Too hot for Broadway

Play based on diaries of peace activist killed in Gaza is moved from New York to the West End
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The Independent Culture

They should have been in New York, where the award-winning play My Name is Rachel Corrie was supposed to be running off-Broadway. But the production was scrapped abruptly. The reason? Fears that the Jewish lobby in the US would be upset by what it sees as the play's pro-Palestinian stance.

The play tells the story of Rachel, 23, a peace activist killed three years ago by an Israeli bulldozer in Gaza as she tried to protect Palestinian homes. Her emails and journals in the days leading up to her death were moulded into a one-woman play by Rickman and writer Katharine Viner, to great acclaim at the Royal Court Theatre in London last year.

But this year's US run, due to start in March, was pulled with just days to go. The artistic director of New York Theatre Workshop, James Nicola, after consulting Jewish leaders, said he didn't want to be seen to be taking sides at an "edgy" time. Rickman hit back, condemning the move as an act of "censorship".

Speaking for the first time about the cancellation of the play, now hastily re-staged in London, Rachel's parents condemned it as a breach of "faith and respect" for their daughter. They said they were shocked and disappointed that Rachel's brave, enlightening words were being withheld from theatregoers.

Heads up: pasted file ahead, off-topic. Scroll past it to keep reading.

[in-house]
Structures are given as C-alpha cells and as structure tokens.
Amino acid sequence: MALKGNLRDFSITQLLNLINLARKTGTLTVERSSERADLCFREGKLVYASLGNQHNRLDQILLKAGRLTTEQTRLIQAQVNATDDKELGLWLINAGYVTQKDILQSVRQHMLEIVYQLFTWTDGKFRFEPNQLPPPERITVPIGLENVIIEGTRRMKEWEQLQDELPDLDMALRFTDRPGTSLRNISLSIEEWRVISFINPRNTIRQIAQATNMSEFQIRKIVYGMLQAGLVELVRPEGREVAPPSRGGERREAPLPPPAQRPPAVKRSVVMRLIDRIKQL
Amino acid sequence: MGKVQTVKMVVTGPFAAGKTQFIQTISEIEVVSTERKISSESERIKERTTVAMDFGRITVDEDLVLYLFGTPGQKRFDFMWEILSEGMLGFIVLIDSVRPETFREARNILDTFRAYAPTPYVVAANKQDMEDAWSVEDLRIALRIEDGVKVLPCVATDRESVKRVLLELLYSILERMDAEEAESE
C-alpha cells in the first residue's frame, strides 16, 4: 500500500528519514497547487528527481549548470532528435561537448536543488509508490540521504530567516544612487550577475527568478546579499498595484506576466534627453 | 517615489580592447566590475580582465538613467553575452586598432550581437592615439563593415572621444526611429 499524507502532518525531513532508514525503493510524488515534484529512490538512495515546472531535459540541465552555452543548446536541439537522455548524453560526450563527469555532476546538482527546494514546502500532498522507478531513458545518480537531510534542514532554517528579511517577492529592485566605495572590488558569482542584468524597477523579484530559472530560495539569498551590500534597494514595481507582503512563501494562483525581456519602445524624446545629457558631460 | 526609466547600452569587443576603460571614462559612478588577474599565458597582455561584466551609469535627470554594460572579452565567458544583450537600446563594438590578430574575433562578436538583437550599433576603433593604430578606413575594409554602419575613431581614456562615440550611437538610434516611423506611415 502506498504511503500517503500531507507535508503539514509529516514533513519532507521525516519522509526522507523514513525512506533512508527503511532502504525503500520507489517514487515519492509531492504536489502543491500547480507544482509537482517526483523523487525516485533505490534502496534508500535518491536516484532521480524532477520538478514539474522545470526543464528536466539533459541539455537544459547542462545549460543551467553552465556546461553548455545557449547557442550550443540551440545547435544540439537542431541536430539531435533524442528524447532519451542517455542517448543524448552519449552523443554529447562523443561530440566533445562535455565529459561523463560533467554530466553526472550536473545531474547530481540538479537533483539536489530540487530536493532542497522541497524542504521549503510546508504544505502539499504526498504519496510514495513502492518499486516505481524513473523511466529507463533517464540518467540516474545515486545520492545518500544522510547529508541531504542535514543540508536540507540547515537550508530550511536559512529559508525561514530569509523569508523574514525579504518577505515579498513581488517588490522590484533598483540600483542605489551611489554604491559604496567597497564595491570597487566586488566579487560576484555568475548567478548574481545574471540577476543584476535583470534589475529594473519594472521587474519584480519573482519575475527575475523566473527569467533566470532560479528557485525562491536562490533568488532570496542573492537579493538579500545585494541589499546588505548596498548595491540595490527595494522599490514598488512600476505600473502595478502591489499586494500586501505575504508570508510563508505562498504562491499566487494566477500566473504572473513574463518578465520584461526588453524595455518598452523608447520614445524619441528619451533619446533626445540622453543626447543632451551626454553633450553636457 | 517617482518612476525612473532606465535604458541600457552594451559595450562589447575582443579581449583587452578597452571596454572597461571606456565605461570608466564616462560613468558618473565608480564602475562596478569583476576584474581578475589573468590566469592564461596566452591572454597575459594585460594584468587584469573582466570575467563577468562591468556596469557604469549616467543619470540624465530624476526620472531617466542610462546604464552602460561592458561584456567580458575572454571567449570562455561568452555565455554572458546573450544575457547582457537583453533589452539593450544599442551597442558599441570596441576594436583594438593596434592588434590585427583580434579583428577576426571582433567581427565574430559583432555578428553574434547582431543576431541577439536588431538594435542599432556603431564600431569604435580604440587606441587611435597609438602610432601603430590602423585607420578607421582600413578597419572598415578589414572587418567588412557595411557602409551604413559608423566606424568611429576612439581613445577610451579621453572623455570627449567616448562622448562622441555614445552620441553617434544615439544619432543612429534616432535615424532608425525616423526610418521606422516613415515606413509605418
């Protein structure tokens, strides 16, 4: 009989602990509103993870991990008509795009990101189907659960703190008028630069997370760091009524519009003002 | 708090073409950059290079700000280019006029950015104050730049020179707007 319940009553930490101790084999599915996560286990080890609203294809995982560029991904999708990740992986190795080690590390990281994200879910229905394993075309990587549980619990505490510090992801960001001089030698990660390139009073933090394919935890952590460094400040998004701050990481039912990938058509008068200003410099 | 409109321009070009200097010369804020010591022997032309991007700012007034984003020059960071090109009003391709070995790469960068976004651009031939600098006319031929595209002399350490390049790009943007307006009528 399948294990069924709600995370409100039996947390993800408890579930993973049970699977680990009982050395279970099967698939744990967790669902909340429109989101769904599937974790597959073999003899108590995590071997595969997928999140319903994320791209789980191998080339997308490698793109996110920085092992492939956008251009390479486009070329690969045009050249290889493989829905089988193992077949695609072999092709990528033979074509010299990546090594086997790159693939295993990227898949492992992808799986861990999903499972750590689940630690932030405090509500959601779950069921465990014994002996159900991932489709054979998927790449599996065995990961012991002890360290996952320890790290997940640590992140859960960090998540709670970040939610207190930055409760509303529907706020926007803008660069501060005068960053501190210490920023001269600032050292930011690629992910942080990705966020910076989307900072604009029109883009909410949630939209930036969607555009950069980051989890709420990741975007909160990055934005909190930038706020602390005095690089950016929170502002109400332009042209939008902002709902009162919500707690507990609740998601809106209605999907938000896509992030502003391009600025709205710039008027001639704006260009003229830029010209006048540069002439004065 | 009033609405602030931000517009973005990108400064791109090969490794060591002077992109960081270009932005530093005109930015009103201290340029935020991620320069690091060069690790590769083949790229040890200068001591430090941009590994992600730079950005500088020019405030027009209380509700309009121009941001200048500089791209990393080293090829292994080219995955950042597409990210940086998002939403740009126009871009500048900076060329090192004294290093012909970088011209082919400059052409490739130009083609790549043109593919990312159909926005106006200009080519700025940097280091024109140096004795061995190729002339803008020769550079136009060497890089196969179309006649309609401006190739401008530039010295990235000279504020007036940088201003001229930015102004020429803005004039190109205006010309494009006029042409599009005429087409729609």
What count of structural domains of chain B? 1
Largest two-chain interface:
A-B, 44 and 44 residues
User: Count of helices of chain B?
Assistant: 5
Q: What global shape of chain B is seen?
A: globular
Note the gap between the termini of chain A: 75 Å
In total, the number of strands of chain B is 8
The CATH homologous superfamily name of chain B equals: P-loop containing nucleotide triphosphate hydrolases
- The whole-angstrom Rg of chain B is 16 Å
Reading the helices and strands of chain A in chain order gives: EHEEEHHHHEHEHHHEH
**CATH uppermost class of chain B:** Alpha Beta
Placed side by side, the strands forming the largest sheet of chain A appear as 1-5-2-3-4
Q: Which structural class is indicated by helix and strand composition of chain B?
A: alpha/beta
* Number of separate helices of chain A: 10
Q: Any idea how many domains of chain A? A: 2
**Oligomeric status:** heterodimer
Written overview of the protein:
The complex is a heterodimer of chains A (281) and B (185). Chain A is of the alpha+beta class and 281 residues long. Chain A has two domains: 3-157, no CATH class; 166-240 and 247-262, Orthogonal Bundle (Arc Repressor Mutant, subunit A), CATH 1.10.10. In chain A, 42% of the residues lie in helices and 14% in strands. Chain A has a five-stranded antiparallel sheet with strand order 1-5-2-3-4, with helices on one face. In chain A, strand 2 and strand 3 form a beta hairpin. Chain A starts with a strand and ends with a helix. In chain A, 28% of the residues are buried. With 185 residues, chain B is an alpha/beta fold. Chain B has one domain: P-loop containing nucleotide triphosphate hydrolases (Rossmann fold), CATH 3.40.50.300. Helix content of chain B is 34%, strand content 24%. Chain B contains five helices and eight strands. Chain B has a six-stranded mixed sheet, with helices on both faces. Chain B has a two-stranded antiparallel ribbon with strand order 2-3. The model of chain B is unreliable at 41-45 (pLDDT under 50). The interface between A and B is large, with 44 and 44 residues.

"I had two very strong reactions - the first was 'Why are people so afraid of Rachel's words?' and the other was that this thing is bigger than Rachel," said Cindy Corrie, 58. "What happened to the play is symptomatic of the situation in the US... that truthful discussion about this topic is often thwarted." It is also indicative of America's pro-Israel stance, they say.

Sitting in a park near London's Playhouse Theatre, where My Name is Rachel Corrie is being performed, Craig Corrie, 59, said: "The Royal Court and Katharine and Alan have treated Rachel, her writing and image with such respect, such faith. It was a real disappointment that the team in New York didn't have that same faith and respect in her."

Rachel became involved with peace groups in her home town of Olympia in Washington state after the 9/11 attacks and joined the International Solidarity Movement (ISM). She travelled to Gaza in early 2003 and was killed just weeks later, in March of that year. She was crushed as she stood in front of an Israeli army bulldozer as it moved to demolish a Palestinian home in Rafah. Witnesses from the ISM claimed it was deliberate, which is disputed by the Israeli Defence Forces. They say she was killed by falling debris.

"It was a searing pain," Mrs Craig said. "It was the worst moment of my life... any parent who loses a child will tell you it is with you every day, every moment."

Hope is not lost for a New York run. Talks are under way for a production later this year. There is even interest from an Israeli theatre, they say.

The legacy of Rachel's death has been to open America's eyes to a situation largely ignored, her father said: "She created a window for some people to really see... something that hadn't been seen before, and understand it better."